Last (well, for me, I left a bit early) but definitely not least was Adam Lowry, one of the two co-founders of Method, which could be described as a cleaning products company, but one that is turning the category upside down. Adam's talk was the most dear to my heart because he talked about a topic which I've been thinking about lots lately: the design of business.
He thinks business is an opportunity to change the world for the better, and that you can make 'change by design'.
He said they love it when their business model gets copied, because that will create a new (and hopefully better) state of equilibrium. If Method brings out a product that is better for the environment, and P&G copies that, it's good for everyone.
'Don't make the consumer sacrifice, make the product better!'
About change: 'Start small, to prove the business case, and then scale it up.'
The most important skill a business needs is DESIGN. The definition of design is changing: it's going from being mostly concerned with aesthetics to design entire processes. Currently design is about the present tense, in the future we will need to think about yesterday, today and the future (something he calls 'design karma').
Who is a designer and what needs designing is changing: everyone = a designer and everything needs to be designed.
Little do: think like a designer, even if you're not formally trained as one, you'll be able to make change better that way.
Big do: 'help me redefine design'!
And this is an awful pun, 'concrete', but I couldn't resist. David Rosenberg, CEO of Hycrete, a concrete company. Though I think he'd beg to differ: after a few introductory slides, he said that his is not a concrete company, it's a insurance company, they provide peace of mind. Which is when I sat up and started listening even more intently.
Let me repeat what he said: 'we're not a concrete company, we're an insurance company.' What a great example of changing the way you think about your business. You're rarely in the business of the product or service you sell, you always 'sell' something else. He also mentioned they have moved from seeing themselves as a product company to a solution company.
That taught me (yet) again the lesson of humility. Even things which to me sound initially far beyond my comprehension or interest can be very interesting. And teach you a lesson. And that David definitely did.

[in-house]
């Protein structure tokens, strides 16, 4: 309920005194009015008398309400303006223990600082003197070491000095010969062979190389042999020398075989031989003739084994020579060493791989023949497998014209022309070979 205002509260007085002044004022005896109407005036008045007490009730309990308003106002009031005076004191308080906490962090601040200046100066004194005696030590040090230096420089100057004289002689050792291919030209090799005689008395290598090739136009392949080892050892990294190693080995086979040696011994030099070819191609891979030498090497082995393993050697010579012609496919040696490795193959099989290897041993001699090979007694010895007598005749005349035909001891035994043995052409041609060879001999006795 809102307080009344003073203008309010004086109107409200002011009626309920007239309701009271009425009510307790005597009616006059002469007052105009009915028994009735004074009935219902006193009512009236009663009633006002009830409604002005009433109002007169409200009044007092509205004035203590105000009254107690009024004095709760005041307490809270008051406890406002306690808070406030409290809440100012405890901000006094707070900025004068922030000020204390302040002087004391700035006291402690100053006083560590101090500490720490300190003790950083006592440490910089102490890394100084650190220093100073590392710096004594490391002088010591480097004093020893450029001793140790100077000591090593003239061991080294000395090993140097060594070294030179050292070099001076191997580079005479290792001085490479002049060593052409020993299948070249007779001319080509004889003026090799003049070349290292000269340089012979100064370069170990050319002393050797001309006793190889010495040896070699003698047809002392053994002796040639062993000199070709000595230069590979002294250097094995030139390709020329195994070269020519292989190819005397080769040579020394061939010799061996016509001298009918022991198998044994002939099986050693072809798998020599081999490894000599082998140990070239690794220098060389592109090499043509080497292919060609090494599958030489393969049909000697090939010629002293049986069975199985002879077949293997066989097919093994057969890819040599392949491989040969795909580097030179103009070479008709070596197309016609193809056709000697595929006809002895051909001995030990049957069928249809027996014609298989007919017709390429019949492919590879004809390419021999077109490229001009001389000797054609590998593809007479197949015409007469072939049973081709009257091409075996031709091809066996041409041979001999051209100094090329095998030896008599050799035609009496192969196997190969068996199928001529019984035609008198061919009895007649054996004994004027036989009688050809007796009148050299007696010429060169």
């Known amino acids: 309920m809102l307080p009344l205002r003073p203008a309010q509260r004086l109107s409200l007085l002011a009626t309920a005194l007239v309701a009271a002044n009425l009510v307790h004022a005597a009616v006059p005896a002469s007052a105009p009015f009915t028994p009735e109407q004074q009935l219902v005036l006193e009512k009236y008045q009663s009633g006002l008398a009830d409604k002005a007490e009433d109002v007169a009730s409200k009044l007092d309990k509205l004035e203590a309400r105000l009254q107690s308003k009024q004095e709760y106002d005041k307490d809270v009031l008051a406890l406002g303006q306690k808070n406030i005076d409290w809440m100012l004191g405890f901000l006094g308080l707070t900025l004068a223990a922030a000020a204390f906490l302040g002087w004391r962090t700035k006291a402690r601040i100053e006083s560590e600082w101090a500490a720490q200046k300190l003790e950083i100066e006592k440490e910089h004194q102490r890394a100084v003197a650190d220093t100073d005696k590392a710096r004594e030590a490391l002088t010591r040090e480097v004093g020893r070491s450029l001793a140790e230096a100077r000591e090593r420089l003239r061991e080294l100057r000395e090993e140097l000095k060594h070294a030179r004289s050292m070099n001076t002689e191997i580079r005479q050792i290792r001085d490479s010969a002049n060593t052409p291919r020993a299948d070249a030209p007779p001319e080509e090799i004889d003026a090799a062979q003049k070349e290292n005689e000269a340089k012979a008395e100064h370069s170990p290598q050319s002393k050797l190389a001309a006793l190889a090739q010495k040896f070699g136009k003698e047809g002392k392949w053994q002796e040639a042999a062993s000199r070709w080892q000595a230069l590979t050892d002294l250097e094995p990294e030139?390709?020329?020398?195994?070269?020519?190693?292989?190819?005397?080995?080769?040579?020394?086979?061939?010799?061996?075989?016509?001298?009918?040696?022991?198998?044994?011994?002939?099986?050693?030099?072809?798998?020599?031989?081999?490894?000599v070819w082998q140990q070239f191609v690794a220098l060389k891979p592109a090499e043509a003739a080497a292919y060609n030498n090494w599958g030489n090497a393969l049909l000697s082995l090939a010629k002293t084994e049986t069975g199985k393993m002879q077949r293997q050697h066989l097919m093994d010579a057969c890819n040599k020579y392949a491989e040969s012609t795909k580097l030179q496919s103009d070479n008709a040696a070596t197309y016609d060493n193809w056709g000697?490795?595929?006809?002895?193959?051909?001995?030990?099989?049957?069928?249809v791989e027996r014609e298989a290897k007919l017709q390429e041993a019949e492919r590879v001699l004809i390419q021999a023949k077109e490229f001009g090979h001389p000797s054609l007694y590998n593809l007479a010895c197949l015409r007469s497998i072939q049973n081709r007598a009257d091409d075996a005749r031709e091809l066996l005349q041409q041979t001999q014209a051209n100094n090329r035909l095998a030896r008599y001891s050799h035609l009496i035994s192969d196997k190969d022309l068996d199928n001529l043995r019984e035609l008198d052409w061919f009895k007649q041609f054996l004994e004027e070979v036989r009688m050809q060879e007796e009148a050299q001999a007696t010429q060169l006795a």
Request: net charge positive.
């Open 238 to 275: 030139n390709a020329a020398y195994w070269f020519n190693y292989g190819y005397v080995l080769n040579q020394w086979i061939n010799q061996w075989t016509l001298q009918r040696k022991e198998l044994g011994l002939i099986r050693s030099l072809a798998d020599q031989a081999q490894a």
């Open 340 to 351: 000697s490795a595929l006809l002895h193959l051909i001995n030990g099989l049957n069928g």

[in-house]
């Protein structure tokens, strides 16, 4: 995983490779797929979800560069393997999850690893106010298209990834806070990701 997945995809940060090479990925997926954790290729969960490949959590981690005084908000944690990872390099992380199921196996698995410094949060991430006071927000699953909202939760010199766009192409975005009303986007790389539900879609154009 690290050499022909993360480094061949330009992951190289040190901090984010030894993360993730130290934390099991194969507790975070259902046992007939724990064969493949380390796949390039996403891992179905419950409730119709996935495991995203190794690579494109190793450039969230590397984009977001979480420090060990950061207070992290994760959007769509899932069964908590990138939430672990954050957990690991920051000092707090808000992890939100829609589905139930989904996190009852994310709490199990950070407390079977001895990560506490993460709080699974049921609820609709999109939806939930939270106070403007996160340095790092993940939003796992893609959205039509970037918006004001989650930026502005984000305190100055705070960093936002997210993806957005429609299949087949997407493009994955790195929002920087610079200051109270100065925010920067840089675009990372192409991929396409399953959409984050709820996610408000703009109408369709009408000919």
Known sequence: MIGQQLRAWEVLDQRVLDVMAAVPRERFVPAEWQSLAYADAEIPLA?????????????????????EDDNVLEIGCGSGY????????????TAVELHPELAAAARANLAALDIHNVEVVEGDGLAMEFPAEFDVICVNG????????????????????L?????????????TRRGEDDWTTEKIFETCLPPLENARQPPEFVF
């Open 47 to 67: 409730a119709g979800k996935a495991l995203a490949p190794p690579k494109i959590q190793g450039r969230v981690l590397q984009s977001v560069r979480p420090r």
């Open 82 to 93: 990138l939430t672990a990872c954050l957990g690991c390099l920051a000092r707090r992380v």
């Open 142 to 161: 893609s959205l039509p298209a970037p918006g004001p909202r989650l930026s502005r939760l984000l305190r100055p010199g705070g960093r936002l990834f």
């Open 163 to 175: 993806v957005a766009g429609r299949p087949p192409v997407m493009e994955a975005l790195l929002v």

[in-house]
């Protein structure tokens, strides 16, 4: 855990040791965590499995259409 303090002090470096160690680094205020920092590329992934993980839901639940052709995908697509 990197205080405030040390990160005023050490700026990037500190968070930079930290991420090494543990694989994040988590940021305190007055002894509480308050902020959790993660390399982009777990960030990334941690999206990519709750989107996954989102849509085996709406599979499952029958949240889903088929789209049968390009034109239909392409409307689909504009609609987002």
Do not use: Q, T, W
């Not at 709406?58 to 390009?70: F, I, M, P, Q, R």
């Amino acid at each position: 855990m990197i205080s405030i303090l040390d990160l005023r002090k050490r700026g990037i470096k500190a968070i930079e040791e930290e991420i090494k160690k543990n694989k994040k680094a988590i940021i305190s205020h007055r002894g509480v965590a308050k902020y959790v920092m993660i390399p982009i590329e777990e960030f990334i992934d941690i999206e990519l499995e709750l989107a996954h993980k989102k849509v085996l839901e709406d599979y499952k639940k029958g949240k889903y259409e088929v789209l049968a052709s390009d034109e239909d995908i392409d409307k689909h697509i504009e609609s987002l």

I wonder if this guy is Superman. And I don't mean that in the 'he's kind like Superman' way, no I mean it in the 'oh my god, this could actually BE Superman, he just changed his name'. Ben Hammersley was up next, and if there's anyone out there that can make you feel like you've done preciously little with your life, it's him. And I say that in the nicest and most awe-struck way.
Right, now to the actual talk/lecture, the title of which was 'The Optimised Self': choose a thing to maximise and focus on that by measuring what you do and then maximising it. Socrates said it all these years ago: 'The unexamined life isn't worth living.'
Before you start running out and focussing the hell out of something, you have to figure out what counts: 'Making things better depends on learning what to count.'. If you choose to measure something, that's what you focus on, so be careful what you wish for. Or measure for.
There is a trend at the moment to collect personal data (and it's likely I'll write more about that at some point, since I'm fascinated by it) and publish it for the world to see. And building on that there's a whole host of applications that build on that, e.g. Citysense, and people will start to use data to analyse their own and other people's behaviour.
Emotional data is a big deal and online sentiment analysis is the next biggest thing online (you heard it here first!).
People are already maximising their lives, companies need to offer the opportunities to do this. By concentrating on the numbers first, you free up time for creativity: you take away all the uncertainties, then creativity is left.
Little do: what are you measuring right now (and everyone measures something) and figure out if that's the right thing to measure.
And as an extra bonus, some sage life advice:
* In the most dangerous situation: smile. It helps.
* How do you become a foreign correspondent? Go to a foreign country and correspond!